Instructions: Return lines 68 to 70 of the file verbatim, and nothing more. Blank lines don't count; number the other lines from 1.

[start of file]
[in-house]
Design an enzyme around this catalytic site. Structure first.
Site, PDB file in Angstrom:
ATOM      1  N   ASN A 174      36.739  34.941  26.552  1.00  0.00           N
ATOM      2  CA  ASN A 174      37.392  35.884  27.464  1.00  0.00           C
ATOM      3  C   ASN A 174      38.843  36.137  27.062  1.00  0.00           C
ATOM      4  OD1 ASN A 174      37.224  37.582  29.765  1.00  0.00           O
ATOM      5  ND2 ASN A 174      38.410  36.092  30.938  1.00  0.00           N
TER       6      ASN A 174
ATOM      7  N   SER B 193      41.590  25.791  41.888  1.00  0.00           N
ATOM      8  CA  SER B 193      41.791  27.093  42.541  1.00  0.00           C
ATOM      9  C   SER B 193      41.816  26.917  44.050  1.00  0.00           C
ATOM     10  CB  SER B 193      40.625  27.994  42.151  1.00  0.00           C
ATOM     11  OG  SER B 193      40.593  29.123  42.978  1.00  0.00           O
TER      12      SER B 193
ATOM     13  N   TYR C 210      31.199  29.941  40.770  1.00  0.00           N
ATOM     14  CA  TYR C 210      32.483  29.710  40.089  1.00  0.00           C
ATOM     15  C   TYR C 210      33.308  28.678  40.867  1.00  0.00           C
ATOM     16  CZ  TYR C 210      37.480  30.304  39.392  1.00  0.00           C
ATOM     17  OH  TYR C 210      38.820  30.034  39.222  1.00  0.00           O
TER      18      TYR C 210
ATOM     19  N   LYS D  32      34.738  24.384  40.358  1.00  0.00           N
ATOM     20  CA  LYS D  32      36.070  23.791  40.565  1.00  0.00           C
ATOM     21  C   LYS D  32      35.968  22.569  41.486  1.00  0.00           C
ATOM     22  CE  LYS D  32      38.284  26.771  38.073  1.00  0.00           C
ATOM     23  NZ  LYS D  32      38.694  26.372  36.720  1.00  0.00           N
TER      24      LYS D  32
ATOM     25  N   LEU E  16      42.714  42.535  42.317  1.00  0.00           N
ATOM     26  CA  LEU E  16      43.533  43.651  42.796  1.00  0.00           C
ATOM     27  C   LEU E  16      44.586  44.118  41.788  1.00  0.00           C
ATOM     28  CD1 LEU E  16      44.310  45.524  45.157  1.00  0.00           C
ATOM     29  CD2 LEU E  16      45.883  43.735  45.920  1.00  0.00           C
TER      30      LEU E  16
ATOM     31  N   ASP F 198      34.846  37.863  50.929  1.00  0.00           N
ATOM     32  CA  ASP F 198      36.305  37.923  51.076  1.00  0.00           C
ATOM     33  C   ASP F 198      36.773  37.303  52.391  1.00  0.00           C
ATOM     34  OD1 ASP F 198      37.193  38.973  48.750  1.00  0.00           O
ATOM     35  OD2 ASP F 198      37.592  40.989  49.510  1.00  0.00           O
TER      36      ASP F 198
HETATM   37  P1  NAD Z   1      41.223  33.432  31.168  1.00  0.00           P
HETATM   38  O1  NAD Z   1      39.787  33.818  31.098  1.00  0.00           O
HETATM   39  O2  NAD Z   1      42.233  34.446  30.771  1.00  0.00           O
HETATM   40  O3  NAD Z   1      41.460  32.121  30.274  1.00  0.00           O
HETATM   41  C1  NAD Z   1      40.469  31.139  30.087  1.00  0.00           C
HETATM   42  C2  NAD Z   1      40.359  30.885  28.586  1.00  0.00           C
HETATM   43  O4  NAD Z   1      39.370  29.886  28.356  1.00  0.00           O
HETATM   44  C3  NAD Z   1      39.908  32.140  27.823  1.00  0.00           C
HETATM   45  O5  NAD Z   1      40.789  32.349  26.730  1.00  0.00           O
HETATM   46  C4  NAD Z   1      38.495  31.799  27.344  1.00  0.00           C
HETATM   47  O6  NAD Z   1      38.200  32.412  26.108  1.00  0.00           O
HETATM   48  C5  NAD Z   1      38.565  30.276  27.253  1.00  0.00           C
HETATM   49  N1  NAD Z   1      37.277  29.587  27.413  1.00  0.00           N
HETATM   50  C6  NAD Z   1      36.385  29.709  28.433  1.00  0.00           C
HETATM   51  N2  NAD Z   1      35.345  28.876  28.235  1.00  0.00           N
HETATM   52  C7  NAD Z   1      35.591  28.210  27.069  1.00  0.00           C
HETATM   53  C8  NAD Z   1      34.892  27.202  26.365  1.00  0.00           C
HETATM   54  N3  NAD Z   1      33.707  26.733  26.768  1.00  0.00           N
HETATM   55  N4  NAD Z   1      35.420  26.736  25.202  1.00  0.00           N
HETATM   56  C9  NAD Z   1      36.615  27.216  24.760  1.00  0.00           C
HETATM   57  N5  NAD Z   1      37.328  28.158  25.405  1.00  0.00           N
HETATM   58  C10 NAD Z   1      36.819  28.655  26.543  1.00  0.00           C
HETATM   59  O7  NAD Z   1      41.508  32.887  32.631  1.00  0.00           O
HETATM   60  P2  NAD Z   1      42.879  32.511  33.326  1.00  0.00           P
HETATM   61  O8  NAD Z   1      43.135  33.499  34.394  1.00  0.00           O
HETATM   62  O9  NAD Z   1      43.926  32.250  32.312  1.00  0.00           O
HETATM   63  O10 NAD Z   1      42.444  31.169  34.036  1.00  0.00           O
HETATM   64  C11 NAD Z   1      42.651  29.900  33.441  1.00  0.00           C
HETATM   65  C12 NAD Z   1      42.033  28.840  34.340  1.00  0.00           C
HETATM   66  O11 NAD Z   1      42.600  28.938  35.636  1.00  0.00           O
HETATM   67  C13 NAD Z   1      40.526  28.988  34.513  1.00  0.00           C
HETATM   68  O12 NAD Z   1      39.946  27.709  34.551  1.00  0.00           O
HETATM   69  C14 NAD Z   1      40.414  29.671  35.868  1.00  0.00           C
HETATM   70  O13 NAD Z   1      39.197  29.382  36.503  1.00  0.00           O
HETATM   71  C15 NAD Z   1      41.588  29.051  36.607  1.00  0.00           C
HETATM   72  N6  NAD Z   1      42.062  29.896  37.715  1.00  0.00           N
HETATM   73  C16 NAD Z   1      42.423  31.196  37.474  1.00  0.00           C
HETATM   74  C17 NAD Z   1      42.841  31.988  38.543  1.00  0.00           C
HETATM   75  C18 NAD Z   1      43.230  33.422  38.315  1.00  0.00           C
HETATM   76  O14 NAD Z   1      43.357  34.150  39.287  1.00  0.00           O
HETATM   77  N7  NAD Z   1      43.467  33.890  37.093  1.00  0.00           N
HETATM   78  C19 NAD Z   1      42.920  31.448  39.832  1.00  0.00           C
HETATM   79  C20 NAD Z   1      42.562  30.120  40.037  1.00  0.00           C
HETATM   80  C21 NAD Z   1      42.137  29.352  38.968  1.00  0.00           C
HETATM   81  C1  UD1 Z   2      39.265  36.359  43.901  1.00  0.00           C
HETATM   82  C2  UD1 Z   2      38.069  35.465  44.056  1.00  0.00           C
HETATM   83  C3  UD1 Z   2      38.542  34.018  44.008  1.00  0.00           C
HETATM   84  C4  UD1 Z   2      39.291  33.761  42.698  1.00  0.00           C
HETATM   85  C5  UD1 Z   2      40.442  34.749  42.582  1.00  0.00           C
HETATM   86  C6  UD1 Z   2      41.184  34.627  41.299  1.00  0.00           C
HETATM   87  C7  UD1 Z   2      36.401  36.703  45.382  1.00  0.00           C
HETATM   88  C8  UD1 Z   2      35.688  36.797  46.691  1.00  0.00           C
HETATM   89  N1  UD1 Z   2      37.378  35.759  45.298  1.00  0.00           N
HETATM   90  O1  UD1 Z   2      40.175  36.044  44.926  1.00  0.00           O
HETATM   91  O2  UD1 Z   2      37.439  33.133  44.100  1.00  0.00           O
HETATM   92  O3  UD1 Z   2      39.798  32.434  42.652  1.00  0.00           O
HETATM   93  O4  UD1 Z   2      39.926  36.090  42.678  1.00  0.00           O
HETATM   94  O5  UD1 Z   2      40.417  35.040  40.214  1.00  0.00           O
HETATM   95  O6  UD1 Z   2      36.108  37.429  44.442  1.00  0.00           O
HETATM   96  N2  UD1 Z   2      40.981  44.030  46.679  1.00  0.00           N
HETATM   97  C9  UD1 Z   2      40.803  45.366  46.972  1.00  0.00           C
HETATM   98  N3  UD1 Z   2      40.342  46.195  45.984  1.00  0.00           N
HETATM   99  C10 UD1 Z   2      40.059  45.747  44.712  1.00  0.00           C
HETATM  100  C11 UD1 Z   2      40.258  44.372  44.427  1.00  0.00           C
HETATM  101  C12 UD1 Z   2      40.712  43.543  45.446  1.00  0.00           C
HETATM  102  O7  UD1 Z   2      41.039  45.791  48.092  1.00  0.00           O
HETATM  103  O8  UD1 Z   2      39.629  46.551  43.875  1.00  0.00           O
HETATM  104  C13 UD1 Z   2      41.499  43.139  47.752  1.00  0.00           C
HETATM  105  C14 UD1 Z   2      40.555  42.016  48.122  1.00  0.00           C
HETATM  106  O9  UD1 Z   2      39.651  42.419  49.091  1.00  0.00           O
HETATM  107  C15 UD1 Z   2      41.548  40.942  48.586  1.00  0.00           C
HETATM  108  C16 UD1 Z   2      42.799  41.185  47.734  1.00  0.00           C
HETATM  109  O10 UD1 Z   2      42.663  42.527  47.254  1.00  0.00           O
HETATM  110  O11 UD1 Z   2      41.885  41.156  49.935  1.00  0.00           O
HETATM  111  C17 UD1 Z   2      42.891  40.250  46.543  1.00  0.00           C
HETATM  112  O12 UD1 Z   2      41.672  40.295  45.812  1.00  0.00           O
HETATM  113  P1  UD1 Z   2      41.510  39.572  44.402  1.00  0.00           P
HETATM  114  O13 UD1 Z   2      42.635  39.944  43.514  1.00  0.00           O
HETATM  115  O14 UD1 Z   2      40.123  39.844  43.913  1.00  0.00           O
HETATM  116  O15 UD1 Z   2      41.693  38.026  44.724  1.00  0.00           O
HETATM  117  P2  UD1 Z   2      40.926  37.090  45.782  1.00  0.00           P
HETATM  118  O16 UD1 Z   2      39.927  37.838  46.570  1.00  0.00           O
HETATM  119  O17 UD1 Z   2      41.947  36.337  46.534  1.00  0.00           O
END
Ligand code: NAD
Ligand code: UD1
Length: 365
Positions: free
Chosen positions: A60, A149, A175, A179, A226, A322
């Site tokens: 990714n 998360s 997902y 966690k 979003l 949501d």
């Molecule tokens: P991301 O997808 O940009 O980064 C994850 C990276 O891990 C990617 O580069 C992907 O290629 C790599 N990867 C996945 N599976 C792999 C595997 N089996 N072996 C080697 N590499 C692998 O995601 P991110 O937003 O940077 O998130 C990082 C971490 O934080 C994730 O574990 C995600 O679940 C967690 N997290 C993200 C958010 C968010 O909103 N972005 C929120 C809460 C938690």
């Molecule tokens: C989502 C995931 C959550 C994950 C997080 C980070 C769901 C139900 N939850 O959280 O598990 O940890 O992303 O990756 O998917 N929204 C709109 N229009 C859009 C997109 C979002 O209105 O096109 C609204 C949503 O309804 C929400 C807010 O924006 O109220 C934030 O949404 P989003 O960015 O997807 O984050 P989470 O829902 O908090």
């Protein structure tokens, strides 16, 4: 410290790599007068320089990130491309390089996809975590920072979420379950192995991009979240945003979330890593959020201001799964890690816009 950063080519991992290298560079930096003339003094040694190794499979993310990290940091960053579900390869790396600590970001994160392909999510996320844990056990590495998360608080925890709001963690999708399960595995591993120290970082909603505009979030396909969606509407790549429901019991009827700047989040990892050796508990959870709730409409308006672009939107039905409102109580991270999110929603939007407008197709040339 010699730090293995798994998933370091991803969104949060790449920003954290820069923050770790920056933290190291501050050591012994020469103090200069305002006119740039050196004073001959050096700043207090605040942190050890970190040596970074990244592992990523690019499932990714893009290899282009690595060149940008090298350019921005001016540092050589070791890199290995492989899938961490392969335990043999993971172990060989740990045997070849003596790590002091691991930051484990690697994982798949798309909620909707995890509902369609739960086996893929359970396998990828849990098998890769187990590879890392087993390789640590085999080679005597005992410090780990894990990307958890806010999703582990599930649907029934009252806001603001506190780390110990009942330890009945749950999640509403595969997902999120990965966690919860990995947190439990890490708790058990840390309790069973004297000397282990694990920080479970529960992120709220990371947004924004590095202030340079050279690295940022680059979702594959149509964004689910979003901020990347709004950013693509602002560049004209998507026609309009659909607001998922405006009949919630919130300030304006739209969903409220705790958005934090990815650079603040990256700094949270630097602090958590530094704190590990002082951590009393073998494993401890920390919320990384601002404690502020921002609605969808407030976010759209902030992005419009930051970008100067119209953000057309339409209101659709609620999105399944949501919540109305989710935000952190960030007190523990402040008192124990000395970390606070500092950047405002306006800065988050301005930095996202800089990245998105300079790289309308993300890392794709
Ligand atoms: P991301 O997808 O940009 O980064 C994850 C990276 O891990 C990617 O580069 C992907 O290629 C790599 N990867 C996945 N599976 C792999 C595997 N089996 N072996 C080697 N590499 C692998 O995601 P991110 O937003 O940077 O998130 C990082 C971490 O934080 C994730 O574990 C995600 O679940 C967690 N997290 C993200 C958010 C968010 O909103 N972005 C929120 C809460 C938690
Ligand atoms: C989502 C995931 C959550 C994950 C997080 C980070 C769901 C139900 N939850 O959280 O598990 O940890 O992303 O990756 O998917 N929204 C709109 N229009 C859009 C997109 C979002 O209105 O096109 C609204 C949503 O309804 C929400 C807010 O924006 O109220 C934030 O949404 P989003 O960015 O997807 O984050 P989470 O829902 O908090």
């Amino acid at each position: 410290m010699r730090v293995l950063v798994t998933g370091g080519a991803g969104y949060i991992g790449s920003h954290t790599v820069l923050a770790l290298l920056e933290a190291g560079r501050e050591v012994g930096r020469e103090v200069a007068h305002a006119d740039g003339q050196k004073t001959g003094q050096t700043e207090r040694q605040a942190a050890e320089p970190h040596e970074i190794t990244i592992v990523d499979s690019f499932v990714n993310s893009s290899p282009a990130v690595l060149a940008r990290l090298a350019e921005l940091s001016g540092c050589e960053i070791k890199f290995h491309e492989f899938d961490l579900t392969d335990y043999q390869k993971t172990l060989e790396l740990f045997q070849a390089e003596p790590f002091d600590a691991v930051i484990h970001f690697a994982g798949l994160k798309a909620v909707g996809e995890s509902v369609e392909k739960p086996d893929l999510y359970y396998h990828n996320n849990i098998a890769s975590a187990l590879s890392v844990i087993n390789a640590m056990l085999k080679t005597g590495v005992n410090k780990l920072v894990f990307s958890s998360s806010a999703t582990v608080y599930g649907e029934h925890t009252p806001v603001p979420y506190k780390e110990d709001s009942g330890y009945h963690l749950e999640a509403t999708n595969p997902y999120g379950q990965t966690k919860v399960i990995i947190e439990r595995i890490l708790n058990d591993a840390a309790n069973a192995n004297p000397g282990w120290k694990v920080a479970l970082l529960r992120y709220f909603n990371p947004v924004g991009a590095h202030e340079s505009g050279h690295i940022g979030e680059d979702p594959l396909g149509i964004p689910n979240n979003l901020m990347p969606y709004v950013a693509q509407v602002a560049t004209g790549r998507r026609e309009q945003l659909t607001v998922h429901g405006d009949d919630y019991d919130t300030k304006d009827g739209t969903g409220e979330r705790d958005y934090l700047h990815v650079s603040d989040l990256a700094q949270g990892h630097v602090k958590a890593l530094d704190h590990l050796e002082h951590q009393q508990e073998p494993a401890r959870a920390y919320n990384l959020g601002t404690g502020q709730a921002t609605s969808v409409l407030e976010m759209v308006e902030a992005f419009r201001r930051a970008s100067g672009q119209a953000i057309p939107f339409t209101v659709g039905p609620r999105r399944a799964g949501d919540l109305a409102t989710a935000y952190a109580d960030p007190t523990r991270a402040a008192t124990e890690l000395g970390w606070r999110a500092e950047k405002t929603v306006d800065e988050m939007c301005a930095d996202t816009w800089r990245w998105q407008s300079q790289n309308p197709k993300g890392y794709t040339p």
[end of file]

HETATM   65  C12 NAD Z   1      42.033  28.840  34.340  1.00  0.00           C
HETATM   66  O11 NAD Z   1      42.600  28.938  35.636  1.00  0.00           O
HETATM   67  C13 NAD Z   1      40.526  28.988  34.513  1.00  0.00           C